A. Cite critical observations, underlying assumptions and limitations to explain and apply important ideas and models in one or more of the following: physical science, life science, mathematics, or computer science.
B. Recognize evidence-based conclusions and form reasoned opinions about science-related matters of personal, public and ethical concern.
By the end of the course you will be able to understand:
(1) basic concepts in the philosophy of science such as: theory, evidence, explanation, confirmation, disconfirmation, induction, falsification and empirical vs. conceptual truths.
This is a fully online course. The instructor will hold same day (typically) virtual office hours by e-mall request during the week.
Your grade in this course will be based on quizzes, tests, an an online journal. The quizzes and tests will be taken within the Blackboard environment. The journal will be written on an online document using Google utilities.
A Google discussion group.page will be created for the purpose of student discussion. as well as for the professor to answer student questions. If you have a question for the professor about the content or structure of the course you should write the question as a post to the discussion page. The professor will receive the question as an e-mail. By answering it on the discussion page he is able to help you and others at the same time. (If you have a private matter to discuss you should, of course, just e-mail the professor directly.) Beyond that, this page exists mainly to mitigate the isolation of online learning. You may use it any way you like, for group note taking, exchanging ideas or chatting. Nobody is required to participate. The only thing you must not do is use the page to copy each other's work.
There are 220 points possible in this course (200 for tests, 20 from the journal). However, your grade will be calculated on the basis of 200 points. So, for example, if you receive 173 total points, your grade will be 173/200 = 86.5% = B. This means that there are effectively 20 points of extra credit available, but 20 points worth of this extra credit is not tied to any particular assignment. This structure is likely to tempt some students not to do the online journal. This is permissible, but I strongly advise people to do the journal. The tests are not easy, and almost everyone will need the points fro the journal to make up for poor performance on some tests. In the end, however, this decision is up to you. Your grade is strictly a function of the number of points accumulated during the semester.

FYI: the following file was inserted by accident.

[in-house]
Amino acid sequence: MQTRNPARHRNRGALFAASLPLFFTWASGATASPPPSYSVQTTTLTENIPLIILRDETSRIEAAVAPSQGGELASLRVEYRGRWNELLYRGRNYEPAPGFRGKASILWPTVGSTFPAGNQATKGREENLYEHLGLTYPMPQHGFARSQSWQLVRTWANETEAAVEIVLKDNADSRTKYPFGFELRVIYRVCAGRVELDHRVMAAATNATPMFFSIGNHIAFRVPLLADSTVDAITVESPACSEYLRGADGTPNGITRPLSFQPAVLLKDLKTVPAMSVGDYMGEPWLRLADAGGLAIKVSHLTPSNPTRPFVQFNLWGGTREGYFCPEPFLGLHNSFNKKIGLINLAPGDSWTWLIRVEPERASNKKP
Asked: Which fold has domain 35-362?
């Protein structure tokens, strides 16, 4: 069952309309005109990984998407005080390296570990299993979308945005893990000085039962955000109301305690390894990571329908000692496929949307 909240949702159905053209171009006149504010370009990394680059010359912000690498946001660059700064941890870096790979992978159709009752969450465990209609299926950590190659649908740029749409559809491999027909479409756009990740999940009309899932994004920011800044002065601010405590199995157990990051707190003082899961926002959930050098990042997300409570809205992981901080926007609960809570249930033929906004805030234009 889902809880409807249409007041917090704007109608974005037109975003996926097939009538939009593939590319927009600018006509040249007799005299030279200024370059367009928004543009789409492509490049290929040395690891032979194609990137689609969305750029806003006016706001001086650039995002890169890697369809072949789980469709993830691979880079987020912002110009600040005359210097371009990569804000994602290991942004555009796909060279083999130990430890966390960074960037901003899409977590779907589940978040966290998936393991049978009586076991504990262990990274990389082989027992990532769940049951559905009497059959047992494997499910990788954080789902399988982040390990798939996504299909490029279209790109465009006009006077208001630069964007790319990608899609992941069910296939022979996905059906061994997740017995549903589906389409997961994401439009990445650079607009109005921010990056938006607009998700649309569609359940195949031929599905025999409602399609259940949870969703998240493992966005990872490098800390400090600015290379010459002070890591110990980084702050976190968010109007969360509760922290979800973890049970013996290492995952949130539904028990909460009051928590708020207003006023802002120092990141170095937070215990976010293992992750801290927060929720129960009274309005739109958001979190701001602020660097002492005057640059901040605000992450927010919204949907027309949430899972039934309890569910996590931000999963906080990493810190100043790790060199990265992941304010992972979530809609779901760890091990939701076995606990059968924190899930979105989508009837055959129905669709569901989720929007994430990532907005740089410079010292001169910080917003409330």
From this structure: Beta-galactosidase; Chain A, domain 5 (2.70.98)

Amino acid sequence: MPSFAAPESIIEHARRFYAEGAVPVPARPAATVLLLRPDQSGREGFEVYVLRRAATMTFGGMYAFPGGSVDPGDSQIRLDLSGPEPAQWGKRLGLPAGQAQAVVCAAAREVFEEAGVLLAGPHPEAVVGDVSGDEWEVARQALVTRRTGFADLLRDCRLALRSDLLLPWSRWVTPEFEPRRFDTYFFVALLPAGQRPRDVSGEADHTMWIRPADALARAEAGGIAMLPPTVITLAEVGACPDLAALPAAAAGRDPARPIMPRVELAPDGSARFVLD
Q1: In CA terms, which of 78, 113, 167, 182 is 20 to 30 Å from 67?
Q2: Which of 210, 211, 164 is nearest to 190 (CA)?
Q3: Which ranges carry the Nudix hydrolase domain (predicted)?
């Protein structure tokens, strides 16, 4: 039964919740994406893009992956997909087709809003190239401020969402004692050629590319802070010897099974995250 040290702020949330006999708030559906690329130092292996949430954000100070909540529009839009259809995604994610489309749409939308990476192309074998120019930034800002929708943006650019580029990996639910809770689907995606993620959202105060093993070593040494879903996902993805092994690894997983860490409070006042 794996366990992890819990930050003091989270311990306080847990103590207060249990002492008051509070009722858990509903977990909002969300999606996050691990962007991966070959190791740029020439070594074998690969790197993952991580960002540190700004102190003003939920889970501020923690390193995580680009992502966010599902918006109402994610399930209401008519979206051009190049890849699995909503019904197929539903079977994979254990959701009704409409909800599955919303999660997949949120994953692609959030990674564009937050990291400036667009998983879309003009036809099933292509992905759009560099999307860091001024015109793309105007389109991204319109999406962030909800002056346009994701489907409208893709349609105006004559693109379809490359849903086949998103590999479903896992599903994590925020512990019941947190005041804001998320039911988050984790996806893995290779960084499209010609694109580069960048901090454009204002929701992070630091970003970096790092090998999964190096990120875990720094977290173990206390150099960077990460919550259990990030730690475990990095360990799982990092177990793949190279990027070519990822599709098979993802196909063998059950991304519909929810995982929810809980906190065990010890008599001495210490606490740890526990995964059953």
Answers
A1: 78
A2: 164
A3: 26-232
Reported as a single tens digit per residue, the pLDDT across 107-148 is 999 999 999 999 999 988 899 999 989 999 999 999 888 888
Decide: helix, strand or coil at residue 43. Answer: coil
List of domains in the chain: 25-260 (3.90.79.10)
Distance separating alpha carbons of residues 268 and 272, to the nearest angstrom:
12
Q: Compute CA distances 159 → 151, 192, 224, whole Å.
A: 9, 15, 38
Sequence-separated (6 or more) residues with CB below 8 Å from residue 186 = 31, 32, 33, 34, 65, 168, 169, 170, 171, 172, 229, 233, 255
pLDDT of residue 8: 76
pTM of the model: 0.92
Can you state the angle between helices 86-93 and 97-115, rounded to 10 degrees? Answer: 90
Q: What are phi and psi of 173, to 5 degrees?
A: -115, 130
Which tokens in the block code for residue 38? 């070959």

Final letter grades are assigned on a standard scale. 92% and above = A, 90-91% = A-, 88-89% = B+, 82- 87% = B, 80-81% = B-, etc. Fractional point totals are rounded up from .5. You and only you are responsible for monitoring your performance in this course. Be sure to pay close attention to the drop deadline.
Basic advice for succeeding in this course
By far the most important strategy for doing well in this course is to work steadily. Students who wait until the day a test is due in order to study the material, pass the associated quizzes and take the test are in for a particularly stressful and unproductive experience. Since quizzes may be taken as many times as needed to pass, it may be tempting to try passing the quizzes before you have carefully engaged all of the material. This, too, is a poor strategy, as you will often get multiple choice questions right just by chance. Moreover, passing the quizzes is not a guarantee of total preparedness for the test, as there will often be test questions that you did not encounter in any form on a quiz. Study questions for the lecture are supplied at the end of every lecture and study questions for the book and supplemental material are supplied on a webpage at the top of the schedule page. You are not required to submit written answers to any of these questions, but you should know their answers before engaging any of the assessments.
Summary of advice:
Basic procedure for taking tests
1. Be sure that you have a stable internet connection before taking any test. Although all quizzes and tests are open book and notes, the time limit will tend to prohibit their use for tests. Use the book and your notes to help you with quizzes. But be sure you no longer require them before taking a test.
2. At the beginning of your test always take a screenshot.
3. Absolutely never take your module tests on a mobile device. Students who experience technical difficulties during a test will be required to submit their screen shot to show that they were not using a mobile device while taking the test.
As noted above, all students will be permitted to retake one test of their choosing at the end of the term.
Your online journal